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Mercury in Batteries

Manufacturers around the world use mercury in batteries to prevent the buildup of internal gases that can cause the battery to bulge and leak. In the United States, however, the use of mercury in consumer batteries has declined sharply.Today, the only types of batteries in the U.S. that contain mercury are:

  • button cell batteries, and
  • mercuric oxide batteries. 

The Mercury-Containing and Rechargeable Battery Management Act of 1996 prohibits the use of mercury in all other types of batteries.  With the passage of this act, mercury-free alkaline batteries became the national standard for most types of batteries.

Button Cell Batteries

Button cell batteries are miniature batteries in the shape of a coin or button. They are used in small portable electronic devices such as watches, cameras, digital thermometers, calculators and toys. Zinc air, alkaline, and silver oxide button cell batteries contain small amounts of mercury. These batteries do not pose a health risk when in use since the chances of the mercury leaking out are small.

The mercury in button cell batteries can escape into the environment after they have been thrown away and are either incinerated or end up in landfills. Though there are no federal regulations prohibiting throwing button cell batteries in the regular garbage, they should be recycled instead.  If they are not recycled, almost all of this mercury in them can end up in waste that gets incinerated or landfilled.  If incinerated, the mercury can end up back in the air; if landfilled, it could end up in ground water, and potentially in sources of drinking water.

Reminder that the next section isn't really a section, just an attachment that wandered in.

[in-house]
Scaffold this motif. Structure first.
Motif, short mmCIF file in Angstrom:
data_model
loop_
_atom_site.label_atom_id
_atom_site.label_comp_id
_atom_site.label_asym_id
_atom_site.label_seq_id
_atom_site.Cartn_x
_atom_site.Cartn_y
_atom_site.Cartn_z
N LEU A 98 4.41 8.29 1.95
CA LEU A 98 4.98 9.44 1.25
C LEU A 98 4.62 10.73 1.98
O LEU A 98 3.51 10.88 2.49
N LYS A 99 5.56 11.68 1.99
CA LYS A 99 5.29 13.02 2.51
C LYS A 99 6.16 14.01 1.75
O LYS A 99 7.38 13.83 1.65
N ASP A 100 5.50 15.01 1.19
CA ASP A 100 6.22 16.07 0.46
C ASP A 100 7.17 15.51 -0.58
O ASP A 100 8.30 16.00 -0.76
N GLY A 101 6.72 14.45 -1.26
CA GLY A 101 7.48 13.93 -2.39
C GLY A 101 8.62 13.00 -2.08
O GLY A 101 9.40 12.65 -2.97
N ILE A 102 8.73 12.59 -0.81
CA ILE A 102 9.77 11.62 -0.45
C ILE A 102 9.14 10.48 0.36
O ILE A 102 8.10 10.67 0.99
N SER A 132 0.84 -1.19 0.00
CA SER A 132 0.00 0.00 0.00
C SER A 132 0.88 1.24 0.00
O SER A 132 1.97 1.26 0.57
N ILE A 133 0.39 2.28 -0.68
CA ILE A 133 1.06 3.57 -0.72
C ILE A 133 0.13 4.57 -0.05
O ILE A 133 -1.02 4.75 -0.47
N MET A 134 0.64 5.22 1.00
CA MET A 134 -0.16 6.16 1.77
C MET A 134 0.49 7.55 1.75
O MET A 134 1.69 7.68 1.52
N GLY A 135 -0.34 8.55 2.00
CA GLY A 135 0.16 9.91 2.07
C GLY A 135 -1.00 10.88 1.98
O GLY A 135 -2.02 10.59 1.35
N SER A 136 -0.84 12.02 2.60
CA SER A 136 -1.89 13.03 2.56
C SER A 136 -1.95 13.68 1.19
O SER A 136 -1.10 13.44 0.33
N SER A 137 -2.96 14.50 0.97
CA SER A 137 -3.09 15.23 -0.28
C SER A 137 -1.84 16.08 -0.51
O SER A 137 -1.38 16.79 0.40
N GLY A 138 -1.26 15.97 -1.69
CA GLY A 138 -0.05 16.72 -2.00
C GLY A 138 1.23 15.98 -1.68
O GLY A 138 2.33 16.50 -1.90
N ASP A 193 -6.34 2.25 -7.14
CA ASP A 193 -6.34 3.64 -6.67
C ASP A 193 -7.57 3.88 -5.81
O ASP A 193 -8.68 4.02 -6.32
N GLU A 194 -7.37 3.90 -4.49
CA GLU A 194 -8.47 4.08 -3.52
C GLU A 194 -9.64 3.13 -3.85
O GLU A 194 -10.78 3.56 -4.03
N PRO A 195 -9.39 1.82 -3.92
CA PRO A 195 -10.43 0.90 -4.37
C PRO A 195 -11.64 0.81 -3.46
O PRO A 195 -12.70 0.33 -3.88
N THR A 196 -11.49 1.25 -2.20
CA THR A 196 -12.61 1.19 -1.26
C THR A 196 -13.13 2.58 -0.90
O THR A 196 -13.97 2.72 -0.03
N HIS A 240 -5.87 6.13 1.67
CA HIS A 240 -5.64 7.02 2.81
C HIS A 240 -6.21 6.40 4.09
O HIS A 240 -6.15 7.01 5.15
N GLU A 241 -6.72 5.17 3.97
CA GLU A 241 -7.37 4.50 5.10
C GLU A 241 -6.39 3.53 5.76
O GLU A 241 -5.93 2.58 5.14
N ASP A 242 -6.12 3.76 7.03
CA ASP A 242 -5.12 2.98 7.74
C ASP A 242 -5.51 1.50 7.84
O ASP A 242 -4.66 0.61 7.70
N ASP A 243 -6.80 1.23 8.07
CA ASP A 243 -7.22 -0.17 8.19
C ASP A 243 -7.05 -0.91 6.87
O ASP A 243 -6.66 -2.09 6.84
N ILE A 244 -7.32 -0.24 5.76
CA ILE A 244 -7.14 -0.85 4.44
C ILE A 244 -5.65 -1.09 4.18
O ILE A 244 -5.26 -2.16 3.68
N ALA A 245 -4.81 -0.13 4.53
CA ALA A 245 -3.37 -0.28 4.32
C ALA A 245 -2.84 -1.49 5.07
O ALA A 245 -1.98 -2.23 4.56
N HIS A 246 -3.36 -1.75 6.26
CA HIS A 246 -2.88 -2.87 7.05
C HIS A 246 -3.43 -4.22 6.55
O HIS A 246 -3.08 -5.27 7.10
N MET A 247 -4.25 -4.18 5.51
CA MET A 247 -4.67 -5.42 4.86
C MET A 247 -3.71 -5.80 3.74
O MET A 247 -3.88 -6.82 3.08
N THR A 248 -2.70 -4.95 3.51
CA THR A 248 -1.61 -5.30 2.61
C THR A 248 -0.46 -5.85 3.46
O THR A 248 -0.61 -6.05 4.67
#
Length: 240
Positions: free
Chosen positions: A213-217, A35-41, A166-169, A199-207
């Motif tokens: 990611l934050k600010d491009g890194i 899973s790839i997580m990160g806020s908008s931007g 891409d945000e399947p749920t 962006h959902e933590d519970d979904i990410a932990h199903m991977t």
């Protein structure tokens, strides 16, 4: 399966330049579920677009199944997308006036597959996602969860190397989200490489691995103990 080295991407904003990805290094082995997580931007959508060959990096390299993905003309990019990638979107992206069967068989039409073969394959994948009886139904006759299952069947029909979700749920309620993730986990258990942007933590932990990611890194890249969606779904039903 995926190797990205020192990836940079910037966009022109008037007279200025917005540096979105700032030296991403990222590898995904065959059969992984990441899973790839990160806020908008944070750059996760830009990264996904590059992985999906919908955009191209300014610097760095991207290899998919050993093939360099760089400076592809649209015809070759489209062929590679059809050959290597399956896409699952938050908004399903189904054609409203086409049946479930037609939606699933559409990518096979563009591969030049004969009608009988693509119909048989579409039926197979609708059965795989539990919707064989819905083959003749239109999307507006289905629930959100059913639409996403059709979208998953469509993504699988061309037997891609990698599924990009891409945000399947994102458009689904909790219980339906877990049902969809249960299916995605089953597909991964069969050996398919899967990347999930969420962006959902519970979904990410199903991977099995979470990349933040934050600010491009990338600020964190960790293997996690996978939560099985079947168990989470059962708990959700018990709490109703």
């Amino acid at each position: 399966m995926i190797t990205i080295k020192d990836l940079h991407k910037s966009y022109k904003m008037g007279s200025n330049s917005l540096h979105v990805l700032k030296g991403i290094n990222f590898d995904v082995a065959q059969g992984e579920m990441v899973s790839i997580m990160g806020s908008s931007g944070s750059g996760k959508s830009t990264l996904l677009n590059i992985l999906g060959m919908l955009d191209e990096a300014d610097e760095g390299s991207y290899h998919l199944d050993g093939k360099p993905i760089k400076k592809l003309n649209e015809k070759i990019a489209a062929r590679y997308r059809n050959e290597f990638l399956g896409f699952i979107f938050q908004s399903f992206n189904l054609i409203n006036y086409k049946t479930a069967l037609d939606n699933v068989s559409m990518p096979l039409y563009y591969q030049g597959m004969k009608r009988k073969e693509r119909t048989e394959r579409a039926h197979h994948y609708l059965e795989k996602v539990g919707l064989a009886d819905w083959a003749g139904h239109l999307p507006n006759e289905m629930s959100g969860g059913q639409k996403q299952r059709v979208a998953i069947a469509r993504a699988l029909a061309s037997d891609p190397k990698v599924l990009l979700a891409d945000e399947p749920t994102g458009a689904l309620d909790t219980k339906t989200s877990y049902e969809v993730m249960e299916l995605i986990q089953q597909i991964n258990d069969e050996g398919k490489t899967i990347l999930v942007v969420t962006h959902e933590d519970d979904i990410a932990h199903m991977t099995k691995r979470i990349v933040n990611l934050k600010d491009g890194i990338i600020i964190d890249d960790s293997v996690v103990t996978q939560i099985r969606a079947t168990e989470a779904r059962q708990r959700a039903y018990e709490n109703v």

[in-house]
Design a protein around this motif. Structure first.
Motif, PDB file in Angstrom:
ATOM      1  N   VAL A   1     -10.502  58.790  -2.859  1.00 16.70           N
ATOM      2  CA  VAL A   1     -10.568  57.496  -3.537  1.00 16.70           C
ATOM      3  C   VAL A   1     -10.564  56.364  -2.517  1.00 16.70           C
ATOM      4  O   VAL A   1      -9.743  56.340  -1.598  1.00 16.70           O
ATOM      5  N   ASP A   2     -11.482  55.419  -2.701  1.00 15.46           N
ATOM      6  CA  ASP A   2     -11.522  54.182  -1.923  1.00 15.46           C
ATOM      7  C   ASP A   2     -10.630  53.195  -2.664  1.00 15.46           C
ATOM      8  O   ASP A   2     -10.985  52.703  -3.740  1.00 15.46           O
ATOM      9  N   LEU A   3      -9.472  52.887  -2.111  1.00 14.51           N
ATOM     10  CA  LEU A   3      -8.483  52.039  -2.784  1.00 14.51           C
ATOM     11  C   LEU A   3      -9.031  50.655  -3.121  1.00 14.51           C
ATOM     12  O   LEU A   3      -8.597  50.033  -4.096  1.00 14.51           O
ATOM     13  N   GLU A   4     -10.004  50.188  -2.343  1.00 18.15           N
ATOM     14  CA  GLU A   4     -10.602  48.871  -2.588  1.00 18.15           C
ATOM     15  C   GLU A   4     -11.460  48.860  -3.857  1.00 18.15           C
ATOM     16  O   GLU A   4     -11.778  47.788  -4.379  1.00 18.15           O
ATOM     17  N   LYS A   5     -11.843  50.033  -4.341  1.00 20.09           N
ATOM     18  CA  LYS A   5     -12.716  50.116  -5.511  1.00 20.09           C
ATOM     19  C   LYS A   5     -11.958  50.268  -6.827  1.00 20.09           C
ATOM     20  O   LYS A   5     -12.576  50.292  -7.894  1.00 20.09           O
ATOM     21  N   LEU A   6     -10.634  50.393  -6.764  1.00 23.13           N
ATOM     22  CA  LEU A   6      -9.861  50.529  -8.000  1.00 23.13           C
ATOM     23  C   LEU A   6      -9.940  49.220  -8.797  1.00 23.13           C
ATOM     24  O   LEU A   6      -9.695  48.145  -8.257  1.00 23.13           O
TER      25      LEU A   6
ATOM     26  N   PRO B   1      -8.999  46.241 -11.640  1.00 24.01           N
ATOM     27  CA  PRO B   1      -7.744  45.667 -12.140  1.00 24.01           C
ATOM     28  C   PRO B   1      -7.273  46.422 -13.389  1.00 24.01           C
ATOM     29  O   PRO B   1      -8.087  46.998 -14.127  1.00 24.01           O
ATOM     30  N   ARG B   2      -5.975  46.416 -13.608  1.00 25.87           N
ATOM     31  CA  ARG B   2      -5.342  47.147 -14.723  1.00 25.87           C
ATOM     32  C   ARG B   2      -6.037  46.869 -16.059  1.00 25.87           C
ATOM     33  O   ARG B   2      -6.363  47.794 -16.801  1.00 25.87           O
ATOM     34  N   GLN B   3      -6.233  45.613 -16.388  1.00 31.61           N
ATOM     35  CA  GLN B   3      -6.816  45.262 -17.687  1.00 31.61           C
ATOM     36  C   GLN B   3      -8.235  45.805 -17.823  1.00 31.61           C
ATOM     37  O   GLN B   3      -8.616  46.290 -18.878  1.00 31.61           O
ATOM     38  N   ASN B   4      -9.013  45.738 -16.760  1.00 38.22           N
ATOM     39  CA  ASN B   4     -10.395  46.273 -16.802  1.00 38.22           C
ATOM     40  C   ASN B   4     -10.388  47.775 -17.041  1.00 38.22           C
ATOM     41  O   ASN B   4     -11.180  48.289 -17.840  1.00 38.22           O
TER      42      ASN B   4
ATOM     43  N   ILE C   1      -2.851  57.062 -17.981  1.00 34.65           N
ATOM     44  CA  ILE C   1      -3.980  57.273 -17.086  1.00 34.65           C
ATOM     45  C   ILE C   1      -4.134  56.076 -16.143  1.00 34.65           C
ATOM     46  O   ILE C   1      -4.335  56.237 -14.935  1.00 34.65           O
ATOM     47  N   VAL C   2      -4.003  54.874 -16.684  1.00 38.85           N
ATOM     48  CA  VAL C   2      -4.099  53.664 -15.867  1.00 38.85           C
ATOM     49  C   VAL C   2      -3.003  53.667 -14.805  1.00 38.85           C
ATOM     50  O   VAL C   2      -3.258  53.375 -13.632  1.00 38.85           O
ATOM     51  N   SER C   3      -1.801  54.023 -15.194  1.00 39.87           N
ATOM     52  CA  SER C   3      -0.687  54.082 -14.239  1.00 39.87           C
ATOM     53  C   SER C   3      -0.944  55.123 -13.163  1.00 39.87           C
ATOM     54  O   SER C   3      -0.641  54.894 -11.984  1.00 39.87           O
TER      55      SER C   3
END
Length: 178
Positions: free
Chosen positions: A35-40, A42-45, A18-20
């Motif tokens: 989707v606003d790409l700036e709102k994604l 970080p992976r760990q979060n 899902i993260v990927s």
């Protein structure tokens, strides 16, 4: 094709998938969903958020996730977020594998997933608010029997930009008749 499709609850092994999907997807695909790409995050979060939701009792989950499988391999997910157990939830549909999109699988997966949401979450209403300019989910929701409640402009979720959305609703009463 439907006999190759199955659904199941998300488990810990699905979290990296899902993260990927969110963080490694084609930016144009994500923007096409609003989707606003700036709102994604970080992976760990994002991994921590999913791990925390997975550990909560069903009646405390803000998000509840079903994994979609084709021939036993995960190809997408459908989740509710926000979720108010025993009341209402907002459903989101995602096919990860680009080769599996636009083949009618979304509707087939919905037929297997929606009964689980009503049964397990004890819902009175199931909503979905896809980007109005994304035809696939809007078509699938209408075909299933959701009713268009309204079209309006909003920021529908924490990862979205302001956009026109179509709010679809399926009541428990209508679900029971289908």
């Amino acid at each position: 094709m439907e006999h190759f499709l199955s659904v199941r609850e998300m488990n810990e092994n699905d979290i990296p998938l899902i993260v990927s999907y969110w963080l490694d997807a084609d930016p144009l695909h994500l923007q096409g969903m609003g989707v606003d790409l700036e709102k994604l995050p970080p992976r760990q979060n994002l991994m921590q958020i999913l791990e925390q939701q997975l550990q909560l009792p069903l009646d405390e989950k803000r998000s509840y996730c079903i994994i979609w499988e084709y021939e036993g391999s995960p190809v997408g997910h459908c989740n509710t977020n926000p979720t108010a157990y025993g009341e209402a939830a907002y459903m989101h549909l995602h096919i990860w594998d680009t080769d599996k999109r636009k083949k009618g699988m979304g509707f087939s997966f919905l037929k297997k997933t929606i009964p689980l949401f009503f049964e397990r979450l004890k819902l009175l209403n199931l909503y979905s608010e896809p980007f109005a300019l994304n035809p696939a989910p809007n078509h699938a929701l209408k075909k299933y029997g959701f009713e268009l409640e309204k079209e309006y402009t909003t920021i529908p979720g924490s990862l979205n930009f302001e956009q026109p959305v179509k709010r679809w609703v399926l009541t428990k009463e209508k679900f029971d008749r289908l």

Mercuric Oxide Batteries

Mercuric oxide batteries still are produced for military and medical equipment that need a stable current and long life.  Federal law requires the manufacturer to have a system for collecting the used batteries and ensuring that the mercury is not released into the environment. Users must use the collection system established by the manufacturer.